Hey Russ on the Farallones - great to hear from you! Glad you finally got your antenna (and email) back. The bananas and M&Ms and trail mix were VERY much appreciated - alas now a long-distant memory.. Do you realize, you guys were the last human beings I saw - and that was over 3 weeks ago now?!
Thanks to Simon Chester for the blog. Tom Sweeting - thanks for the offer of a delivery. A slice of pecan pie would be nice. only kidding! Andy White - took me about a week after I arrived in Antigua to be able to walk properly. Very strange experience! Ken Weaver - thanks for the message, and the job offer - but in the nicest possible way, I hope never to need to take you up on it!
Hi also to Robert Forrester, Rob Mohle, John H (very interesting about the ear canals going to sleep!)
Tim Woodman - hope the mantra works for you. It does the trick for me - usually! The subconscious is apparently extra-receptive at that time, just as you are waking up.
Conservation Corner: special hello to Margo - a kindred spirit. And to Dana and the paper recycling mission - keep up the good work! And Bruce Tomlinson (joined car pool, stopped using paper cups) - really encouraging to hear stories of people making changes for the good of the planet.
Current position is .
32 35.259 N, 123 28.554 W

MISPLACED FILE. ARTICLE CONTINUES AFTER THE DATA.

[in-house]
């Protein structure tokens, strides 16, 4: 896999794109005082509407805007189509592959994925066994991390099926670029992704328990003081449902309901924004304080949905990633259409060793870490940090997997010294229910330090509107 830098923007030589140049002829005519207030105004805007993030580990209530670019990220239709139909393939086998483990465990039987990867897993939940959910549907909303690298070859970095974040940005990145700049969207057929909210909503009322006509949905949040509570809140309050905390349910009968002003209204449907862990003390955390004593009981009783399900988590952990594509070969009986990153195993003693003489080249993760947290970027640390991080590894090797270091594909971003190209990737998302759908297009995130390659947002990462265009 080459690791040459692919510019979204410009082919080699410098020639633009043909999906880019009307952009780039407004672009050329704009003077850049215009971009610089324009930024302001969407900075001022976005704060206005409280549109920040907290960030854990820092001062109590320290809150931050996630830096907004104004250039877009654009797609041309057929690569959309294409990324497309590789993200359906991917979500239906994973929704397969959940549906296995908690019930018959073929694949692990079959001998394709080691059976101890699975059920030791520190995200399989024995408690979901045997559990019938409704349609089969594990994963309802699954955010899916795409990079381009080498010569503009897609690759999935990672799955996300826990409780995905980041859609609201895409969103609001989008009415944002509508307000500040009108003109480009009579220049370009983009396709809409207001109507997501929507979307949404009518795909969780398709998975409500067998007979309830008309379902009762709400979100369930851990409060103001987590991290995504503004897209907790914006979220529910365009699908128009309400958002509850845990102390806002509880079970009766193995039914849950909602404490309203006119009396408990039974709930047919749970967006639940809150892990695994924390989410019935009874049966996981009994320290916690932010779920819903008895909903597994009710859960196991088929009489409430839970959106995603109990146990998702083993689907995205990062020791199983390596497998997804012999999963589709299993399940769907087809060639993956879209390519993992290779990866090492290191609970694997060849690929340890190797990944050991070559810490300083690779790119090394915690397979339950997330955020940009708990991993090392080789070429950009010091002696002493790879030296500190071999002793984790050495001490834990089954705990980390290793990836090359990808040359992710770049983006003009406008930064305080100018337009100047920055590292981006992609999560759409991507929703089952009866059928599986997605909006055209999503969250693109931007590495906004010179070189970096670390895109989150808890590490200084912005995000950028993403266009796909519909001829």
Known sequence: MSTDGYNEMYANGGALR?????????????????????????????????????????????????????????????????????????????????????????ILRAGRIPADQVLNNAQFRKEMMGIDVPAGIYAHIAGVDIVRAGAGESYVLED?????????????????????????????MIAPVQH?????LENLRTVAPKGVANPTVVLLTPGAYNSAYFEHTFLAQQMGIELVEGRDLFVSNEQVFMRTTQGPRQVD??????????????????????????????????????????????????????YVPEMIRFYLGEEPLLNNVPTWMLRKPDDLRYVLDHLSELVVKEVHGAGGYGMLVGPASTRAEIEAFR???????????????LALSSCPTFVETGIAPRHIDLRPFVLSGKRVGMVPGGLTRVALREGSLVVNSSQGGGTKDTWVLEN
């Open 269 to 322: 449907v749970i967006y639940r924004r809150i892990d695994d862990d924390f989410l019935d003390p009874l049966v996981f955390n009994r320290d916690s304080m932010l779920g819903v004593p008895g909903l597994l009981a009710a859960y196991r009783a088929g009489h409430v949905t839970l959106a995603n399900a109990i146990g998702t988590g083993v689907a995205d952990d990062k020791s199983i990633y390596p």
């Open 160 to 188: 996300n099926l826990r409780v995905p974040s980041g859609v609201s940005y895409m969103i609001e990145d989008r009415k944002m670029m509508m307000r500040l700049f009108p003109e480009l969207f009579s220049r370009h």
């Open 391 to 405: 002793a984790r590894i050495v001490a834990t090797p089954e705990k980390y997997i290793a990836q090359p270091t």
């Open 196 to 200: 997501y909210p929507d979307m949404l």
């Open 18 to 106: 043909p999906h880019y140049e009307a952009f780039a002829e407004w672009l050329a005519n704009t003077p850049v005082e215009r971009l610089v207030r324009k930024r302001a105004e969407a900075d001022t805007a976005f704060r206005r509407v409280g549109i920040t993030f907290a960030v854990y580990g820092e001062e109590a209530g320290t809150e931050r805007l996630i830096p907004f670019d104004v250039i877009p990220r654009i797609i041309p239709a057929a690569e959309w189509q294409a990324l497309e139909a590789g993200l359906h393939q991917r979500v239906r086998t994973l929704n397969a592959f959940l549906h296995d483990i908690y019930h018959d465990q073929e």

18 Jun 2008, The Brocade
This is Part 2 of my descriptions of little moments from a typical day - my logbook.
I sit cross-legged in the eighteen-inch wide sitting area, my back against a grey Pelican case strapped to the wall of my cabin. This case contains my MacBook, mobile phones, various cables, and an external hard drive. I turn to my right, and pull out a folder-sized black Aquapac from a blue elastic strap that retains both the Aquapac and a large black Pelican case containing my Toughbook PC. For now I don't need the electronics - just the Aquapac that protects my logbook from the seawater and condensation that get everywhere.
I unclip the waterproof seal at the top of the Aquapac and take out my logbook - an A4 sized notebook in a reassuring, old-fashioned style. I reach across to the opposite wall of the cabin and take a pencil from the wall pockets, and extricate my TomTom GPS device from the pile of snacks.
I hadn't planned to use the TomTom - I have a proper marine chartplotter that gives me latitude and longitude and a whole load of other information besides - but unfortunately, soon after I set out, the chartplotter stopped being able to fix a position from the satellites and all the other functions depend on that. I suspect that the antenna on the cabin roof did not appreciate its dunking during the capsizes last year, and just chose a bad time to stop working. So now I use the TomTom out of my car. It's not designed for marine use, but it will do for now. If/when it dies, I have another GPS too.
I have ruled the pages of my logbook into columns to track various aspects of my ocean existence. Date, time, latitude, longitude, wind strength (estimated) and direction, hours rowed, hours slept, and marks out of 5 for state of body and mind. Also some wider columns for what food I have eaten, what book I am listening to, and general notes.